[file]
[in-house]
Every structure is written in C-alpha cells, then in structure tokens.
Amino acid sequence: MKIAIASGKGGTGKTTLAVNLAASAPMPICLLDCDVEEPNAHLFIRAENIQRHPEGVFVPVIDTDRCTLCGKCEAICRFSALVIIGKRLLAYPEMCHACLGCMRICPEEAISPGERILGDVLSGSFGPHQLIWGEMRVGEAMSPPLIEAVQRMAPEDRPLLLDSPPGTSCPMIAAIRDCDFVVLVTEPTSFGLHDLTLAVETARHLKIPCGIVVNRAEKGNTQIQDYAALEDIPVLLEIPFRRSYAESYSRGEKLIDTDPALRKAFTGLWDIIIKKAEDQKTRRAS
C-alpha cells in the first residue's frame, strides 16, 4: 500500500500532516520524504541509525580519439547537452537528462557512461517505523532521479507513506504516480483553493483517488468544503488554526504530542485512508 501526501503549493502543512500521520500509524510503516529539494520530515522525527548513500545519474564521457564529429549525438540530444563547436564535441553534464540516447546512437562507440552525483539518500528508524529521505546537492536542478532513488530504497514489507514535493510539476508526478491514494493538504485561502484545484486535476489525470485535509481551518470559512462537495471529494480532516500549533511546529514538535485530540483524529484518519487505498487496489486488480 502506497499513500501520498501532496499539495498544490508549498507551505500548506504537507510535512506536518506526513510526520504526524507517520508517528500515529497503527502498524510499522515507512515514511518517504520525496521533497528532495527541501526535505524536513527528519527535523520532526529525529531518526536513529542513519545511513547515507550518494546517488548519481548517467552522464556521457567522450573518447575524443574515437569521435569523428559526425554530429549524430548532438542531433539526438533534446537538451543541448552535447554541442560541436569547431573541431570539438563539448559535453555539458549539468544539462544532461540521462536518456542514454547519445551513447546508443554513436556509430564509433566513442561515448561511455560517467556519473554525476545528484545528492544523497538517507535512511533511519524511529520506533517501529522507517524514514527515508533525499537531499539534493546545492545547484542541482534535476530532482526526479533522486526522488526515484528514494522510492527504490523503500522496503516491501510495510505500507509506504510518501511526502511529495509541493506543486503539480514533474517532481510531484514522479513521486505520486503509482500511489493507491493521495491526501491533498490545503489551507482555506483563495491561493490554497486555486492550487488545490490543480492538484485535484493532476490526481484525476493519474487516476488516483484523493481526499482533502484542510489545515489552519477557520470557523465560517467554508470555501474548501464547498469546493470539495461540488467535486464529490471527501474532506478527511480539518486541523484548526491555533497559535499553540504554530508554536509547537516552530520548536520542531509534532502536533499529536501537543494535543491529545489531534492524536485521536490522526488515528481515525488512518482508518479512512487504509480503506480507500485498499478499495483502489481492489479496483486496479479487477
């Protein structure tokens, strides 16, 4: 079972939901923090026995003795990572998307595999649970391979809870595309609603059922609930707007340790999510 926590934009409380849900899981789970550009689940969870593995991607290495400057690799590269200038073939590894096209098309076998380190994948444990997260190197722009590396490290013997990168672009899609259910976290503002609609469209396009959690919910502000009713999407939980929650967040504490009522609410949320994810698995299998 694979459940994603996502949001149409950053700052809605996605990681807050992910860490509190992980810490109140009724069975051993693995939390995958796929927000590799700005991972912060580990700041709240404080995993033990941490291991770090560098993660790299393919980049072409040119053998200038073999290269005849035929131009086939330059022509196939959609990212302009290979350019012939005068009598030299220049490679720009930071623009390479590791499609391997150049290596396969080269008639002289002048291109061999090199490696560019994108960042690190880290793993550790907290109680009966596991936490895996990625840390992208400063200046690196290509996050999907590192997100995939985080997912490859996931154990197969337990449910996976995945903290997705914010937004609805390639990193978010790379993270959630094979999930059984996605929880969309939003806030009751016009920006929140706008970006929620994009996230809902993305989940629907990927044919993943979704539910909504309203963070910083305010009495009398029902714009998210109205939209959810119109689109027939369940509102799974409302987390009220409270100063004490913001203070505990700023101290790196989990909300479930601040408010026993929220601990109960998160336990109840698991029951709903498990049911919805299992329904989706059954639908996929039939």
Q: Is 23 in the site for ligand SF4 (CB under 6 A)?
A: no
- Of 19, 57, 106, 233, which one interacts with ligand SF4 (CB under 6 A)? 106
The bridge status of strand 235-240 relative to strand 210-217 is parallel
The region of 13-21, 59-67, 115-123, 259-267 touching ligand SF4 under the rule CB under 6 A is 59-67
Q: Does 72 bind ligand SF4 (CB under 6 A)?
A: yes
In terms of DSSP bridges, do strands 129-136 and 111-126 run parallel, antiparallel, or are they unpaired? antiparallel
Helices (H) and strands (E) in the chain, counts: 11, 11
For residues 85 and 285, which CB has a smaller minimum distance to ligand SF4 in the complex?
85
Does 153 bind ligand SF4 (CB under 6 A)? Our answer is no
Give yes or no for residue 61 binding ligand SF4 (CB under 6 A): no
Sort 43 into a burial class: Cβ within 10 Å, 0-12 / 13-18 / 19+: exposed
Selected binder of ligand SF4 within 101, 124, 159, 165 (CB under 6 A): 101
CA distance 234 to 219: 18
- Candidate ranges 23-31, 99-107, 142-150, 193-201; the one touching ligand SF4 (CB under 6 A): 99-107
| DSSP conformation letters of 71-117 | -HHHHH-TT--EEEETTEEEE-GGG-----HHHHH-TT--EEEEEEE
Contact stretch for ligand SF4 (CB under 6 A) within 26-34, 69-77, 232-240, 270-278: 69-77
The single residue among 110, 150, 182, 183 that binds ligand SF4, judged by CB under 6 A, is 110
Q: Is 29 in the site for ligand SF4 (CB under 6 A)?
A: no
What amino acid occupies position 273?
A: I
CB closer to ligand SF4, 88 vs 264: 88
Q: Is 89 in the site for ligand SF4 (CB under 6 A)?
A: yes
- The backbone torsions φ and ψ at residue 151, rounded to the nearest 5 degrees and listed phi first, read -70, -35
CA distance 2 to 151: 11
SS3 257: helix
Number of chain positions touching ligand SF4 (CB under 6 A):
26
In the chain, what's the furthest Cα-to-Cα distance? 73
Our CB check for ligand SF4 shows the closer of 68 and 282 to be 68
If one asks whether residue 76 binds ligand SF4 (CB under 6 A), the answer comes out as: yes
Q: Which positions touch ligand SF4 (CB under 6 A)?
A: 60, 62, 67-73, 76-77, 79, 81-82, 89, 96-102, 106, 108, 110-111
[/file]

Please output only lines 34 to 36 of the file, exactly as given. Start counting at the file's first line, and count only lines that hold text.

CA distance 2 to 151: 11
SS3 257: helix
Number of chain positions touching ligand SF4 (CB under 6 A):